I was once asked a system design question during an interview. I don't remember the details, but it was a fairly typical web app, so I described what I thought was a pretty common architecture (users making REST-style requests to the server, servers talking to the database, the database is partitioned and replicated for scalability, there are multiple databases around the world for faster access, there're multiple servers as well, with a load balancer in front of them, which does round robin or something smarter).
I failed that interview. My mistake was that I way overestimated the scale of the application. After multiple hints I was given, we agreed that all this complexity is unnecessary and (for the number of users I was given) the app would work just fine on just a single server with a local database. (Btw, I know that for a long time stackoverflow itself was hosted on a single machine).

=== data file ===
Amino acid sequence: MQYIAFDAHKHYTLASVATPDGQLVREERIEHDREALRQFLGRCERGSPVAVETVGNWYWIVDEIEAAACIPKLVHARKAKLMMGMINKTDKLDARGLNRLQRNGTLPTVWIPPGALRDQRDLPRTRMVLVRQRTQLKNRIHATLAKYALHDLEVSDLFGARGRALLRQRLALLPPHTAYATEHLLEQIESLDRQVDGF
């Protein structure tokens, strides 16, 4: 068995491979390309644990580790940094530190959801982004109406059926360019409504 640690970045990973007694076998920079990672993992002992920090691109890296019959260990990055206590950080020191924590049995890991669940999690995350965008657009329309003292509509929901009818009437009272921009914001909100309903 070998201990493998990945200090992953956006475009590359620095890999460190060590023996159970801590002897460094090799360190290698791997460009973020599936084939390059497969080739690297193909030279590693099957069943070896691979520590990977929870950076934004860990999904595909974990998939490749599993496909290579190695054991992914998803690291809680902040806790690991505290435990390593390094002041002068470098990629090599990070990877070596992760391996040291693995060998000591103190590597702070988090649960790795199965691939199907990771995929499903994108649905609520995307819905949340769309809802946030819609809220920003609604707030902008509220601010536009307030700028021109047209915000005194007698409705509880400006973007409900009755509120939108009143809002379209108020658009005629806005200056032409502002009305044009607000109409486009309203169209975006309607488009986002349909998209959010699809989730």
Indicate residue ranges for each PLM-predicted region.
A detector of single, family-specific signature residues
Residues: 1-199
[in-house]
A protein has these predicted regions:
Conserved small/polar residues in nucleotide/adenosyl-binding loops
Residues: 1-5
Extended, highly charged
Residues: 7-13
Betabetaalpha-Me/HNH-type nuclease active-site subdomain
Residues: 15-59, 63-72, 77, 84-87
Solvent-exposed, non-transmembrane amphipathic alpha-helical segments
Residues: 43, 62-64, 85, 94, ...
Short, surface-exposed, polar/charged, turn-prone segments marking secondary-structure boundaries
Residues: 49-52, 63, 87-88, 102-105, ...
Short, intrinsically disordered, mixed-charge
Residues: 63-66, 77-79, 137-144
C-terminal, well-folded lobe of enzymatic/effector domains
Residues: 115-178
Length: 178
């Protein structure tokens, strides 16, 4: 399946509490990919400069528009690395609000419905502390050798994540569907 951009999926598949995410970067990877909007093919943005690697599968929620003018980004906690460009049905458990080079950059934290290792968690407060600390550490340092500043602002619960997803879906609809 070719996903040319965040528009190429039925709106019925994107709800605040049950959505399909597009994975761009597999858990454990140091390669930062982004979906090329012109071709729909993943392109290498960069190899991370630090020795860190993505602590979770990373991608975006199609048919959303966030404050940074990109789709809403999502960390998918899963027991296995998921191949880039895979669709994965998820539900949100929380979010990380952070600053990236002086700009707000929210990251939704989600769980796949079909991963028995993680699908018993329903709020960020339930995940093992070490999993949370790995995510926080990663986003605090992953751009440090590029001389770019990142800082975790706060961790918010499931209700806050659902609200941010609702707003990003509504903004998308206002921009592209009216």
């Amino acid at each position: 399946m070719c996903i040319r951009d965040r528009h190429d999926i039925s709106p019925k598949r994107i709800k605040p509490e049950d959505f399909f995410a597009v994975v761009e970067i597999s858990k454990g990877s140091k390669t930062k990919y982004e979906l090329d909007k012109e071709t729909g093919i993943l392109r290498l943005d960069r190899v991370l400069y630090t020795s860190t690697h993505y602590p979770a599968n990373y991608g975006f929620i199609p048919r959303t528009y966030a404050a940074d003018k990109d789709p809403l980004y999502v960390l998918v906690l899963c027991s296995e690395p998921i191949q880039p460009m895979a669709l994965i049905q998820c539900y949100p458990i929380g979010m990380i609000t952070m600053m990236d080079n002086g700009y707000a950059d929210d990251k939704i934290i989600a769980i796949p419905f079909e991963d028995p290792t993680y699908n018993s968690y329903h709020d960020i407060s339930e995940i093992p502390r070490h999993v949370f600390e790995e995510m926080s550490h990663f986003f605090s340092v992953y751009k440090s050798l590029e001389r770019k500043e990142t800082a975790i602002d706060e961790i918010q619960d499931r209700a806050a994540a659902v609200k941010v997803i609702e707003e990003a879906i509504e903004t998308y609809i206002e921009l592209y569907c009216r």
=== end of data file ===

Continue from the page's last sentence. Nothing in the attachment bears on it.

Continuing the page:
My question is, how am I supposed to properly estimate the number of servers / database nodes for the solution?
My naive understanding is that I need to estimate the parameters of the application and then roughly divide the workload by the bandwidth of a typical server.
A "typical" server probably has:
- 256 GB of RAM
- 1-10 TB of disk space
- 10 Mb/S of network bandwidth
- The request time between the server and the database is 100-500ms
Does it sound reasonable?
As a concrete example, let's look on this article about designing a URL shortener.
After estimating the scale of the app, the decide that they need 15TB of storage for the database, 170GB of RAM for the cache, and the network bandwidth is about 10Mb/s.
Based on my estimates, this app could also be hosted on a single machine (maybe with a little extra vertical scaling). And yet they proceed to describing a "complex" architecture with a partitioned database, multiple servers, load balancers, etc.
If asked this question during the interview, would it be reasonable to suggest hosting this server on a single machine, since it's much cheaper and removes a lot of complexity from the solution? If not, how would you estimate the number of machines you need?